(Cavan-Monaghan): Income tax related to rates on agricultural buildings.

You state to those who are entitled to know—the public generally or, in this instance, the farming sector or a section of it—precisely what the Bill is and how it will operate. This is stated clearly in the Bill. Clearly though it is stated, some members of the Opposition apparently have not been able to grasp even the most obvious and clear aspects of what is being done here, if one is to judge from some remarks of Deputy L'Estrange and others that I will come to later. That is, and remains, the position and it will be reviewed in the light of its operation. A review presupposes an examination of the operation of a farm package or any other package which is being reviewed. A review cannot start before the actual operation itself gets under way. That is the reality of the position as the Government present it.

I should mention here that, even as announced in the Bill which is in line with statements we made—and Deputy L'Estrange would appear to have missed this point—there is provision in the very next section——

I saw that. I agree, I just looked at it now.

The Deputy saw it afterwards, apparently. There is provision for the operation of marginal relief, so that when someone says a man with a valuation of £70 must pay seventy times £3.50, he is wrong. He will pay one-tenth of seventy times £350—in other words, seven times £350. If his valuation is £71 he will pay two-tenths and at valuation of £72, three-tenths and so on.

(Cavan-Monaghan): At £81?

Marginal operation, as the Deputy knows, operates between the figures of £70 and £79, not £81, but he can make that point when he comes to make his own speech.

There is no point in implying that we are at the throats of the farmers. I can understand that when one gets into a flight on the wings of oratory one forgets the reality on the ground. That reality is here in this Bill, and marginal relief will operate very effectively in this area for those with valuations of between £70 and £79.

During the course of this discussion, it is reasonable enough that Deputies opposite would put this in the overall context of what they see as being crushing tax burdens on farmers, which is the case they presented this morning. They make references to the other elements of the tax package. There is no decision, much less determination, on the part of the Government to effect a predetermined yield from farm taxation. I have stated that before, certainly in this House, but it is necessary that I should repeat, in the face of implications to the contrary by the Opposition, that that is not our intention. Any Minister for Finance must make an estimate if he is to fulfil his functions and discharge his obligations in relation to revenue and expenditure, as every Deputy must know. In line with that obligation, I have estimated that the total yield from farm taxation—which, of course, includes, as Deputies know, rates, income tax and resource tax, will be of the order this year, of £86 million. That is my estimate. It may amount to more or less, but that is what we estimate in the light of falling incomes last year.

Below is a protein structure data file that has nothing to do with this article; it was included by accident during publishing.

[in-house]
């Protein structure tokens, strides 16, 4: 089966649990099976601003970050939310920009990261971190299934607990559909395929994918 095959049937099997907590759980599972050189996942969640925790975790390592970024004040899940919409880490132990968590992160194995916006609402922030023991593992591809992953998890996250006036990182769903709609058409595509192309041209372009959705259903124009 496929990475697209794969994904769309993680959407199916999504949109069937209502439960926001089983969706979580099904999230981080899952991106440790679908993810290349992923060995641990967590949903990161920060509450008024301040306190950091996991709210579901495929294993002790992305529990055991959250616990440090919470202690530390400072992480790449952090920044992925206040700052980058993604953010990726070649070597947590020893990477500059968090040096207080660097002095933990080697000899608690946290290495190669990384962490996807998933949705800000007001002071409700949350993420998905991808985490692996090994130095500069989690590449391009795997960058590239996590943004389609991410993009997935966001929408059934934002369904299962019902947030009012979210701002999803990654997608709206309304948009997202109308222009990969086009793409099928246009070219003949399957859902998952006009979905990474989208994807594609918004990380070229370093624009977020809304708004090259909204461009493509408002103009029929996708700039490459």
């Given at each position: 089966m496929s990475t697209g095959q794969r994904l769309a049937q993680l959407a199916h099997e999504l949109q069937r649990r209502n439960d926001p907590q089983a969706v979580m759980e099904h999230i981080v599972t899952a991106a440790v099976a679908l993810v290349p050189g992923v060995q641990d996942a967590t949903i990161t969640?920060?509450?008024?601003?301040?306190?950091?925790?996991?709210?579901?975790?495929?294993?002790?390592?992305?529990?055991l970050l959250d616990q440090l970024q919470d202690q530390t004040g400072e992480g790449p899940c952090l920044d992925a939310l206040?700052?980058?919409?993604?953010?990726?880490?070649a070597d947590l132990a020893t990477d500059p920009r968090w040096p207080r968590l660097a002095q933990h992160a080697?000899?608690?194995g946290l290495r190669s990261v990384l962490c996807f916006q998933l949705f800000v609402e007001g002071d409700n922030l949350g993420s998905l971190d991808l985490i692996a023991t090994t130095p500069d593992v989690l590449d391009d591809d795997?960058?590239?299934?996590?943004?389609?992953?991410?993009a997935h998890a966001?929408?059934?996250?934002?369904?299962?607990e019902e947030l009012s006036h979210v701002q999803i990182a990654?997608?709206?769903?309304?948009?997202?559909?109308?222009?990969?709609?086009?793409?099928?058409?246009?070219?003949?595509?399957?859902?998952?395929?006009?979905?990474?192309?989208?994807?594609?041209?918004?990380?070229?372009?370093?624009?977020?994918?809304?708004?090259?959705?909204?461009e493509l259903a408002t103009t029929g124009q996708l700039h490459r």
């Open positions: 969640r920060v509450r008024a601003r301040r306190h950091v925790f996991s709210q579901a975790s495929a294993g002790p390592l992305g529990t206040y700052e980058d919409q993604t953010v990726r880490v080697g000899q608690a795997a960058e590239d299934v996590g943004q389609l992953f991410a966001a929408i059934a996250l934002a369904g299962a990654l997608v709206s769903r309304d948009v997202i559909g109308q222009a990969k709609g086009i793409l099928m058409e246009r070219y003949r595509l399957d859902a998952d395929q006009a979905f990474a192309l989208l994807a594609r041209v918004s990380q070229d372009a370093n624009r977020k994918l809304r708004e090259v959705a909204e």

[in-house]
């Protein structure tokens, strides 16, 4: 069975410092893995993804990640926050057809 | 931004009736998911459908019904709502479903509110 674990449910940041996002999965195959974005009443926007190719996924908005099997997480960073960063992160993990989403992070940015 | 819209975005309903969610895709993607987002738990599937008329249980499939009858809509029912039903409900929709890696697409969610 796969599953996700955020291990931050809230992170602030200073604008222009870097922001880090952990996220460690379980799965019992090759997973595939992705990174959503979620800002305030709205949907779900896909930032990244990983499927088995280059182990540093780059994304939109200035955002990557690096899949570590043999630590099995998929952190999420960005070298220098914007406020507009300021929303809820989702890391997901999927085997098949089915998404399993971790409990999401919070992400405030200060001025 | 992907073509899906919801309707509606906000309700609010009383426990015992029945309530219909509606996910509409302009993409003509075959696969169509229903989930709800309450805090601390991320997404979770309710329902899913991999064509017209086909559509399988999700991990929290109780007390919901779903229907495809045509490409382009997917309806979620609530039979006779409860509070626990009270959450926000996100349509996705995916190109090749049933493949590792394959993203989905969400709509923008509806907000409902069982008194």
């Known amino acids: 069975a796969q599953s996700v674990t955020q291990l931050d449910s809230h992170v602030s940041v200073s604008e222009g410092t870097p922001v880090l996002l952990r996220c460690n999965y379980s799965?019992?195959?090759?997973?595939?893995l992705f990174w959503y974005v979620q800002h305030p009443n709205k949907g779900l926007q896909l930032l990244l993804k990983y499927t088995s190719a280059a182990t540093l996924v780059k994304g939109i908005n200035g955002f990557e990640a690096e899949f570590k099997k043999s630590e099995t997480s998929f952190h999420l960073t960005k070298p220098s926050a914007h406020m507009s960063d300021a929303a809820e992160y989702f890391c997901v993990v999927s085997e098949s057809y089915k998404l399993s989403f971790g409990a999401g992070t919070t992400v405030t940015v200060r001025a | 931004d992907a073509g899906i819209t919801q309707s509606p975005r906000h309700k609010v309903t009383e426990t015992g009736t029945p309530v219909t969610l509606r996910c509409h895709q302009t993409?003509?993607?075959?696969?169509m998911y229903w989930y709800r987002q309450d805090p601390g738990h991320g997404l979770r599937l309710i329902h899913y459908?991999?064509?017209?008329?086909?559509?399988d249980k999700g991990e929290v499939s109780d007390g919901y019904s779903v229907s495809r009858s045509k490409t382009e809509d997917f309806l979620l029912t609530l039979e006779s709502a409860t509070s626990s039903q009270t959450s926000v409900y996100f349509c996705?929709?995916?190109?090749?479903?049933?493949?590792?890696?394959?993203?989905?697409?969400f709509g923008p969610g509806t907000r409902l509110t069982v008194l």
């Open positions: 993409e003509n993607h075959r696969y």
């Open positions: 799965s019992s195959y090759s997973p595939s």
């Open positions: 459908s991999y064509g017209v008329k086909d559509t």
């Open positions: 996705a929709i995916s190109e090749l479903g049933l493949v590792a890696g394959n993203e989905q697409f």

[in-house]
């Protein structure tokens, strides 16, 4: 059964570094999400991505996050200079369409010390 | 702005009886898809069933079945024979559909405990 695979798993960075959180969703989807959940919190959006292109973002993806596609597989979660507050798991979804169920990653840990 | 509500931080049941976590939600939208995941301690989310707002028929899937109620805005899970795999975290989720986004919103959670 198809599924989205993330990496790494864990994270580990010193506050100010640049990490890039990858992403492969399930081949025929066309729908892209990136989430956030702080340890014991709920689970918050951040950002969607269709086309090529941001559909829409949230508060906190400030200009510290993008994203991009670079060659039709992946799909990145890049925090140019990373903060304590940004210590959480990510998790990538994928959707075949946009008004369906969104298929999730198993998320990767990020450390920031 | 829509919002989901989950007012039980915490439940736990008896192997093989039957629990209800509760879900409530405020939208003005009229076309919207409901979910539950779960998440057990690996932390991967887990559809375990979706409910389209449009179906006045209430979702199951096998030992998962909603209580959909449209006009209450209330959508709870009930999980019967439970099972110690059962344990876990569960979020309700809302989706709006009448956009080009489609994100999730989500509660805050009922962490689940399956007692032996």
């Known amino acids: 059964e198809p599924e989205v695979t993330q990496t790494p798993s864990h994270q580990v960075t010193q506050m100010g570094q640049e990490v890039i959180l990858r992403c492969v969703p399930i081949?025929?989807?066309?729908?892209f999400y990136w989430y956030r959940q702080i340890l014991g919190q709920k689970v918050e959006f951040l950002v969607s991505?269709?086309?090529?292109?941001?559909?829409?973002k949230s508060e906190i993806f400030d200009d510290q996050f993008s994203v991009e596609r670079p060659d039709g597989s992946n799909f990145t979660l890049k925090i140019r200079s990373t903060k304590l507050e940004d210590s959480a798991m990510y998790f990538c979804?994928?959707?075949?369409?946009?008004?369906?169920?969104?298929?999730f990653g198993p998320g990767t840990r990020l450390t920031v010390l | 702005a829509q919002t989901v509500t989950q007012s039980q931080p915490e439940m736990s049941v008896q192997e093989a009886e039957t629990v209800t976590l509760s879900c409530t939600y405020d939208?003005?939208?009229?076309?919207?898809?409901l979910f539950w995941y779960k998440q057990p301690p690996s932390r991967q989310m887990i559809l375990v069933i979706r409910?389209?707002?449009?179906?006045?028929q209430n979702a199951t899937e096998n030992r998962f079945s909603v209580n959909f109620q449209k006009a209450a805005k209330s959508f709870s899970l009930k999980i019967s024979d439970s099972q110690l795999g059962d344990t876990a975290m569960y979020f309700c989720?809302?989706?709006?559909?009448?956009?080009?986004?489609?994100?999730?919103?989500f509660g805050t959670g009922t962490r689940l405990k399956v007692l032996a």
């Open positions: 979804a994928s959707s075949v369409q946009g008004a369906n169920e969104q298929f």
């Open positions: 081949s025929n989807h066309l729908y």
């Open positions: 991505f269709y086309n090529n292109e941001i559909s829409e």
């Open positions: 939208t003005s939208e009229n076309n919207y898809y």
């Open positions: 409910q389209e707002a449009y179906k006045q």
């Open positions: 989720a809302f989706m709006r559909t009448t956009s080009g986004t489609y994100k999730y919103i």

The important thing is that, even since the budget statement, because of very useful consultations which we had and because of the importance we attach to agriculture, I have made significant adjustments which, as I have stated already, are such that will reflect the Government's recognition of the importance of agriculture, while at the same time maintaining that very important balance which is essential if we are to have a united community, as distinct from a divided community, on this issue of taxation as between one sector and another.

If one goes perhaps, a little too far one will get a reaction which will be in nobody's interest, the farmers' or nobody else's. That is one of the reasons why I have, in the course of this Bill, taken what are recognised by the farm leaders we have met to be significant adjustments. It is important that they will be seen in detail for the significance which does attach to them. I am talking about the exclusion from the restrictions on capital allowances of expenditure on land reclamation, drainage, fencing, farm buildings, all these developments on the farm, the fixed plant and machinery on the farm building which we dealt with this morning.

An increase of up to 30 per cent per annum is the amount of farm buildings allowance that may be claimed on such expenditure which can be written off over a period of four years, instead of eight years as hitherto. These are all real, positive developments, recognised to be such by the farming organisations. That is, however, not the end of it. In this Bill, we are also introducing provisions for the improvement of stock relief. I have noted, in the course of this debate, that while one gets perhaps a quick welcome from the other side in relation to all these welcome adjustments, as soon as that is done, it is said to be not nearly enough, or is simply a measure of a grudging reaction on the part of the Government, or something like that, which is not the case at all.

In relation to stock relief, we are increasing the rate of relief from 75 per cent to 100 per cent. We are allowing the relief in respect of stock increases over 10 per cent of profits instead of 20 per cent of profits, thus increasing the amount qualifying for relief, and we are introducing special provisions to deal with problems when disease strikes livestock. This has all been done as real, practical measures which demonstrate as clearly as I could, or any Government could, our recognition of these problems.

We have also introduced simplified accounts. Some Opposition members were saying that these poor creatures with £40 or £50 valuation would have to waste their money in engaging an accountant, and waste the talents of the accountant. That is not the case at all. I am sorry to have to disullusion them, but the reality is that there is no such requirement to get an accountant to vouch for the farmer's financial situation. We have, after consultations with the farm organisations, drawn up a simple form of accounts, not just for those with valuations between £40 and £50 coming into the tax net for the first time, but also for other small enterprise farmers above £50 valuation. Certainly, that should diminish the notional—and I can use this word properly in that case—imaginary burden that the Opposition Deputies suggested yesterday that we were imposing on farmers the engagement of accountants in this area.